Author: Kazuhiro FUJIHARA (藤原和博)
Published by ちくま文庫
I will say it plainly: I didn’t like this book. Reading it was a waste of time, the author kept bragging about himself, I haven’t learned anything, and I felt insulted by the author.
“I am such a great person” type of book
The point of the book is to show the importance of reading, I guess… But to be honest, it rather looks like the whole point of the book is to show how great the author is because he reads so many books and achieved so many things and has so many great ideas to improve education.
I haven’t read a lot of self-improvement books in Japanese, but Japanese authors always seem to brag about how many books they read, how many blog posts they write, how many video they upload and so on. I find it annoying, but if the author is creating great content that helps me getting more productive, it’s fine. In this book, the author just boasts about his exploits, but does not do anything for me.
As a blogger myself, I am certainly impressed by authors who upload a blog post every single day, but as a reader, I felt that the author’s reading habits sounded a little too impressive to be true. For example, the author says that when someone talks about or recommends a book in a conversation, he will buy this book the very same day and:
Well… good for you I suppose 🤷♀️
Overall, the author talks a lot about personal anecdotes, but it does not bring anything to the book. It just feels like the author wants to talk about himself rather than talk about what reading can bring you.
Nothing new in this book
I agree with a lot of things that the author says about reading. His main points are that reading books can help you forge your own opinion and think by yourself. It also enriches your experience, because we cannot experience everything in our life, and reading brings you the experience of the author.
Well, to me, these points seem obvious. The author presents them like his big discoveries about reading, but I was hoping that we would start from here and develop on these topics. However, there is not much more in the book apart from personal episodes. I haven’t learned anything new.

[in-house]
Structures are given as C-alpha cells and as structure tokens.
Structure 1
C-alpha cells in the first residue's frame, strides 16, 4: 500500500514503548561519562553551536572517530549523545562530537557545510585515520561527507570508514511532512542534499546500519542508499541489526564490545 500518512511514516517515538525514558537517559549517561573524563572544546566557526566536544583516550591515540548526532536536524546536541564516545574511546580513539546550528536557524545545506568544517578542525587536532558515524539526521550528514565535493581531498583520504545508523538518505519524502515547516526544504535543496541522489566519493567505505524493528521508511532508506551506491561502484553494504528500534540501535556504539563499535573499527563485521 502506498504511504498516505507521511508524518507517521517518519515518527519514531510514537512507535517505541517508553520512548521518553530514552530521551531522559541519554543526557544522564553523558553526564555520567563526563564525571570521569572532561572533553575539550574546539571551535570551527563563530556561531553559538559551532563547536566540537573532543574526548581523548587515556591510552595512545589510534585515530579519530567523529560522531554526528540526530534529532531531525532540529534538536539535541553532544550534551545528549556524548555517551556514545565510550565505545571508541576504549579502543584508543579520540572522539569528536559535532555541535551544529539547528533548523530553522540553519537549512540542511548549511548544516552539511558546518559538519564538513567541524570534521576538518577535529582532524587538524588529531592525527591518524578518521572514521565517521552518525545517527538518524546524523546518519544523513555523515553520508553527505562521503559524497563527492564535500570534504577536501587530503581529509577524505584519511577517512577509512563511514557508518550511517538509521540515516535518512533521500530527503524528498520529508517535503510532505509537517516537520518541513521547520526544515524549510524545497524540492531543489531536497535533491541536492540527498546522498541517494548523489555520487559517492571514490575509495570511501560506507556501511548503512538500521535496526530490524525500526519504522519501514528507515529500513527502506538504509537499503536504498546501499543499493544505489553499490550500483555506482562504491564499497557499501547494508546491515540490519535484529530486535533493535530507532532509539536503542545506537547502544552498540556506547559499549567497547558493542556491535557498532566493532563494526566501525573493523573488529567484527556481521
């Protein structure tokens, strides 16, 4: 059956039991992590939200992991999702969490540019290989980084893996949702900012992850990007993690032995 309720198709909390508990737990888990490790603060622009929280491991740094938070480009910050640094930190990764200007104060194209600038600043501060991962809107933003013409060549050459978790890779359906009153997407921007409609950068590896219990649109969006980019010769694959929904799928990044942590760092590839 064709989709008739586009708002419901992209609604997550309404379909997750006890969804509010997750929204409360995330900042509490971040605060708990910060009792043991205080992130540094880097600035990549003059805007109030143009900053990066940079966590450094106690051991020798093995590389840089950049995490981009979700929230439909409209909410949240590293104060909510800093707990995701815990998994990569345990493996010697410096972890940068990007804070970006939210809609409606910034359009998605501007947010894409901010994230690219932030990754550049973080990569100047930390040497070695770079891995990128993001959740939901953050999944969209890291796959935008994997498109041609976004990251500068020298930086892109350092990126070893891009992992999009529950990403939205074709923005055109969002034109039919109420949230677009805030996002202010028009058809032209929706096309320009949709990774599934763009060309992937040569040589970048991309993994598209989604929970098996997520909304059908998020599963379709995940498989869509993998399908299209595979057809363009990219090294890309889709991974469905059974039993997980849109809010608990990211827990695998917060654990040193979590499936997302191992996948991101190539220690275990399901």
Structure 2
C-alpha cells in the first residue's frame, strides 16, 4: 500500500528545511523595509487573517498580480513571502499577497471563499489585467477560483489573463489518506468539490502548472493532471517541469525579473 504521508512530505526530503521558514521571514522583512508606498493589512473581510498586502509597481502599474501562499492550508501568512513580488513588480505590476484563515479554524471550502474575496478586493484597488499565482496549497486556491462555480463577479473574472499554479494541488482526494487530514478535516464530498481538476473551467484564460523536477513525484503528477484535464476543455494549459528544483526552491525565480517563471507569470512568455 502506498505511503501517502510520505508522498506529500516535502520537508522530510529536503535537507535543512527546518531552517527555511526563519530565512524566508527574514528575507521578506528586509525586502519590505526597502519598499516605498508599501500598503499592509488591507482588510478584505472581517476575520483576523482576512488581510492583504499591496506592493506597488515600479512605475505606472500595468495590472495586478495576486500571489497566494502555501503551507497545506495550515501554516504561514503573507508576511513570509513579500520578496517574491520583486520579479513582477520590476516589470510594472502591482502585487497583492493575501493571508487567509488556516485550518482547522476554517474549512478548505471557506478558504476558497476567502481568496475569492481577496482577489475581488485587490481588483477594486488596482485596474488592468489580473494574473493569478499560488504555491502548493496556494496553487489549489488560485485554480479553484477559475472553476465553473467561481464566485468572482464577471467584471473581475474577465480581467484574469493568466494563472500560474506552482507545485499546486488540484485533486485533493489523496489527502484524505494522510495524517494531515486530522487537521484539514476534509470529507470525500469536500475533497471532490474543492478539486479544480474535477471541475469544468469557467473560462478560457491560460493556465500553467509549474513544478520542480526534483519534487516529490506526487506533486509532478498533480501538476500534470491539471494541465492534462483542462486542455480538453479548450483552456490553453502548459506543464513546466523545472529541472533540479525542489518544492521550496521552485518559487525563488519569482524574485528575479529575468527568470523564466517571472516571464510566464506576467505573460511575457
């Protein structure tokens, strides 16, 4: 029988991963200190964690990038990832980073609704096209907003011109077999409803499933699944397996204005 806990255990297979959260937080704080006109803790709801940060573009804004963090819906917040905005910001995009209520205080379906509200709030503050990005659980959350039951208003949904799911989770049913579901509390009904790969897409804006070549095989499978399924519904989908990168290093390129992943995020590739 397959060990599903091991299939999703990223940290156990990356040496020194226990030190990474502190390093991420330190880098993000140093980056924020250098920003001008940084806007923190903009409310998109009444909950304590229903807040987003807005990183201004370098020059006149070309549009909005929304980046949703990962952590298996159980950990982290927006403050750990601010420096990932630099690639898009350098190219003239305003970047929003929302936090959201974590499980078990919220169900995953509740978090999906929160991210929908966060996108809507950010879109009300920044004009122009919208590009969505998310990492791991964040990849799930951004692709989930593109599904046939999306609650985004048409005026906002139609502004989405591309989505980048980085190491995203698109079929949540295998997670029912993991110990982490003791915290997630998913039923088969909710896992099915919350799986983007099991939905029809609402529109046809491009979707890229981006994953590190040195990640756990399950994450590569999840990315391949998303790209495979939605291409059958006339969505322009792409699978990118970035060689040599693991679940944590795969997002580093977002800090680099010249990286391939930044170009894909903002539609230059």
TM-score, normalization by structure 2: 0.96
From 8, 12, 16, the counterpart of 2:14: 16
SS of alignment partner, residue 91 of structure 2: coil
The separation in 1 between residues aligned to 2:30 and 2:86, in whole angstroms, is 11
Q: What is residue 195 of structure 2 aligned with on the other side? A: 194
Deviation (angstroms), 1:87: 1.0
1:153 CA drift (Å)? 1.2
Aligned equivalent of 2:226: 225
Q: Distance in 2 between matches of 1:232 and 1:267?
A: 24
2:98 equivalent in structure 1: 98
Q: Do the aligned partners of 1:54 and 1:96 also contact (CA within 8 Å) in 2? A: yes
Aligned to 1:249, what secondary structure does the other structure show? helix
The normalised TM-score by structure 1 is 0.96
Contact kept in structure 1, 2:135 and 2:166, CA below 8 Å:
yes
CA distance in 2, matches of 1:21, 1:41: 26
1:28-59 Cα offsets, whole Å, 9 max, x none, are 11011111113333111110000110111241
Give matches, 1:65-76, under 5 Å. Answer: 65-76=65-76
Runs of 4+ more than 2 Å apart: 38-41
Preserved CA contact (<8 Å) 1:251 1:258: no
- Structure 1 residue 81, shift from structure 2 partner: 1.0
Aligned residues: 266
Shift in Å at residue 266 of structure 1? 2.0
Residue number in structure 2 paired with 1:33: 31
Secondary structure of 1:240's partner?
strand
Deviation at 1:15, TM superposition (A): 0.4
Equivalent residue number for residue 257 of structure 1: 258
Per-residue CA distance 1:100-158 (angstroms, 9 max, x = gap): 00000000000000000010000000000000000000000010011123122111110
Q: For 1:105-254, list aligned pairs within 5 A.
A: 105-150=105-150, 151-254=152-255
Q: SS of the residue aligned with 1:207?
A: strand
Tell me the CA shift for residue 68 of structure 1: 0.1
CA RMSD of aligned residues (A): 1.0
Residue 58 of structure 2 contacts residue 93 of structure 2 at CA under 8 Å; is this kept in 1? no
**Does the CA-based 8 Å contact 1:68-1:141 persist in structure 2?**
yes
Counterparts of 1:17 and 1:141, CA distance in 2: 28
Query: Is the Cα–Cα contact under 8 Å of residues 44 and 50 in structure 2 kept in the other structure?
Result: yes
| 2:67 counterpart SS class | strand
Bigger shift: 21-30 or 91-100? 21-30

The author also seems to think that books are the only way to learn about a topic and forge one’s own opinion about it. With so many media accessible today, how can one say that books are the only way to position oneself on a topic? It’s nonsense. The author says that “people who don’t read books” have a reduced vision of topical issues (p.61), and I can’t agree with that 🙅♀️
I also found the author to be quite insulting at several occasions. I don’t know why, but the author has decided to oppose books and video games, reading and spending time on your phone. This is so reductive and simplistic. I mean, I read books, and I play video games, and I think that having several hobbies is a good thing. But the author is classifying and ranking hobbies, stating that some are better and some are useless.
In particular, the author seems to profoundly despise people who play games on their phone. I wish that the author had downloaded some mobile games and try them before saying that. Even on mobile, a lot of games are just incredibly entertaining, clever and beautiful.
The author also classifies people into “people who read books” (the good ones obviously) and “people who play games” (the bad lot). He likes to criticise people who play games or spend time on their phone in the subway. I mean, people are tired of their day at work and they chill out with a stupid mobile game, what’s wrong with that? They might be highly successful in their work, they might even be avid readers at other times. Or they might not, and that’s fine, why would you go around judging people?
Oh, but I forgot… the author is capable of reading books on his way home after drinking. Talking about literary fiction:
So yes, if you are playing on your phone in the subway instead of reading literature, I guess you are just not worth it in the author’s mind. I felt directly insulted, because I don’t often read in the subway. Mainly because I don’t skim through my books like the author, I like to get immersed in the story. This is not something I can do in the subway with the constant announcements and people talking around me. So yes, subway=phone to me.
I love reading, and I hate how the author talks about reading books as just a way to get better, to get more productive, to become a successful person and to build a better society. He never talks about reading for pleasure, he never talks about genre fiction. Reading to get better and improve yourself is fine, but reading is also a hobby, and if you read only with another purpose in mind than the book itself, you might be missing something. Overall, I find that the author has a very reductive view of what a book is, what a novel is, what a video game is and what a mobile phone is. There are interesting parts in this book, but the author’s tendency to oppose the (intelligent) people who read books and the (stupid) people who don’t made this book a complete no to me.
I will leave you on a last quote from this author: